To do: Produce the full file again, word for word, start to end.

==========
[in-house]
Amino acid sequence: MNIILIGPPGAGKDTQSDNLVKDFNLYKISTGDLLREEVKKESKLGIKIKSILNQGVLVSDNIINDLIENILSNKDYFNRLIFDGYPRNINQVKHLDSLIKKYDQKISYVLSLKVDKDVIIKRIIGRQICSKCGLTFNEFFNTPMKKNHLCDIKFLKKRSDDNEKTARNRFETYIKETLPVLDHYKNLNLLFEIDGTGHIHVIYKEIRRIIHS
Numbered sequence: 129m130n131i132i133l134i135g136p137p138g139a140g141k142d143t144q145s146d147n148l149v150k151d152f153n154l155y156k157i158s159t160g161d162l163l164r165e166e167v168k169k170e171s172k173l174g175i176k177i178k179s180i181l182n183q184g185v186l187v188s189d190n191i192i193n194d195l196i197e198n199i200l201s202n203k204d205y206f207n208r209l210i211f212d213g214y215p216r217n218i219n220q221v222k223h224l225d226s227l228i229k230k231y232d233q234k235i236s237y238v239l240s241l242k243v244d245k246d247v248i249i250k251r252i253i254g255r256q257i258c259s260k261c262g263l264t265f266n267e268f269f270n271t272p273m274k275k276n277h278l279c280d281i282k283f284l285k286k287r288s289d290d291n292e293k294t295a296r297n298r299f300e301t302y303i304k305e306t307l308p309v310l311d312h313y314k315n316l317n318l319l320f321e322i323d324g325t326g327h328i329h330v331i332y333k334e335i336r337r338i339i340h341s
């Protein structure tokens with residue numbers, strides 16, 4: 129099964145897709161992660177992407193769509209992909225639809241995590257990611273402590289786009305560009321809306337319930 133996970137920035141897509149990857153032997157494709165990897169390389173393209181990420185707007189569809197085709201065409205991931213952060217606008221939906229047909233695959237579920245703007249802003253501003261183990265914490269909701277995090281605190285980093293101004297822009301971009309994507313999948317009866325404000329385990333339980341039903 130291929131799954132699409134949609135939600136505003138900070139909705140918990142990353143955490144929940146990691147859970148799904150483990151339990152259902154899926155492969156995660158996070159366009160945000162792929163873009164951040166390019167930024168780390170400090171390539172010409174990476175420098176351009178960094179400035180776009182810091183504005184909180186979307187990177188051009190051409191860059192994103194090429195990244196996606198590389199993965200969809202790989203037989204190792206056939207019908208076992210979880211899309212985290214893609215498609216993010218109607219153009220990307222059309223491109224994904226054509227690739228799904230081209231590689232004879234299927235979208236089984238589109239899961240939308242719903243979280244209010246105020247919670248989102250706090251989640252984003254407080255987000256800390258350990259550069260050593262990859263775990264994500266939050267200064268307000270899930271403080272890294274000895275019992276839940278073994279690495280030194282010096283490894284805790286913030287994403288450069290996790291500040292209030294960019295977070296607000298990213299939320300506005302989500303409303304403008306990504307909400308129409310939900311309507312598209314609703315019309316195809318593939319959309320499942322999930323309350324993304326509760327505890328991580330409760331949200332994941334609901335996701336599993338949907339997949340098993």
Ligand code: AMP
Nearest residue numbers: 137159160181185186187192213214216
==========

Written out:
[in-house]
Amino acid sequence: MNIILIGPPGAGKDTQSDNLVKDFNLYKISTGDLLREEVKKESKLGIKIKSILNQGVLVSDNIINDLIENILSNKDYFNRLIFDGYPRNINQVKHLDSLIKKYDQKISYVLSLKVDKDVIIKRIIGRQICSKCGLTFNEFFNTPMKKNHLCDIKFLKKRSDDNEKTARNRFETYIKETLPVLDHYKNLNLLFEIDGTGHIHVIYKEIRRIIHS
Numbered sequence: 129m130n131i132i133l134i135g136p137p138g139a140g141k142d143t144q145s146d147n148l149v150k151d152f153n154l155y156k157i158s159t160g161d162l163l164r165e166e167v168k169k170e171s172k173l174g175i176k177i178k179s180i181l182n183q184g185v186l187v188s189d190n191i192i193n194d195l196i197e198n199i200l201s202n203k204d205y206f207n208r209l210i211f212d213g214y215p216r217n218i219n220q221v222k223h224l225d226s227l228i229k230k231y232d233q234k235i236s237y238v239l240s241l242k243v244d245k246d247v248i249i250k251r252i253i254g255r256q257i258c259s260k261c262g263l264t265f266n267e268f269f270n271t272p273m274k275k276n277h278l279c280d281i282k283f284l285k286k287r288s289d290d291n292e293k294t295a296r297n298r299f300e301t302y303i304k305e306t307l308p309v310l311d312h313y314k315n316l317n318l319l320f321e322i323d324g325t326g327h328i329h330v331i332y333k334e335i336r337r338i339i340h341s
């Protein structure tokens with residue numbers, strides 16, 4: 129099964145897709161992660177992407193769509209992909225639809241995590257990611273402590289786009305560009321809306337319930 133996970137920035141897509149990857153032997157494709165990897169390389173393209181990420185707007189569809197085709201065409205991931213952060217606008221939906229047909233695959237579920245703007249802003253501003261183990265914490269909701277995090281605190285980093293101004297822009301971009309994507313999948317009866325404000329385990333339980341039903 130291929131799954132699409134949609135939600136505003138900070139909705140918990142990353143955490144929940146990691147859970148799904150483990151339990152259902154899926155492969156995660158996070159366009160945000162792929163873009164951040166390019167930024168780390170400090171390539172010409174990476175420098176351009178960094179400035180776009182810091183504005184909180186979307187990177188051009190051409191860059192994103194090429195990244196996606198590389199993965200969809202790989203037989204190792206056939207019908208076992210979880211899309212985290214893609215498609216993010218109607219153009220990307222059309223491109224994904226054509227690739228799904230081209231590689232004879234299927235979208236089984238589109239899961240939308242719903243979280244209010246105020247919670248989102250706090251989640252984003254407080255987000256800390258350990259550069260050593262990859263775990264994500266939050267200064268307000270899930271403080272890294274000895275019992276839940278073994279690495280030194282010096283490894284805790286913030287994403288450069290996790291500040292209030294960019295977070296607000298990213299939320300506005302989500303409303304403008306990504307909400308129409310939900311309507312598209314609703315019309316195809318593939319959309320499942322999930323309350324993304326509760327505890328991580330409760331949200332994941334609901335996701336599993338949907339997949340098993």
Ligand code: AMP
Nearest residue numbers: 137159160181185186187192213214216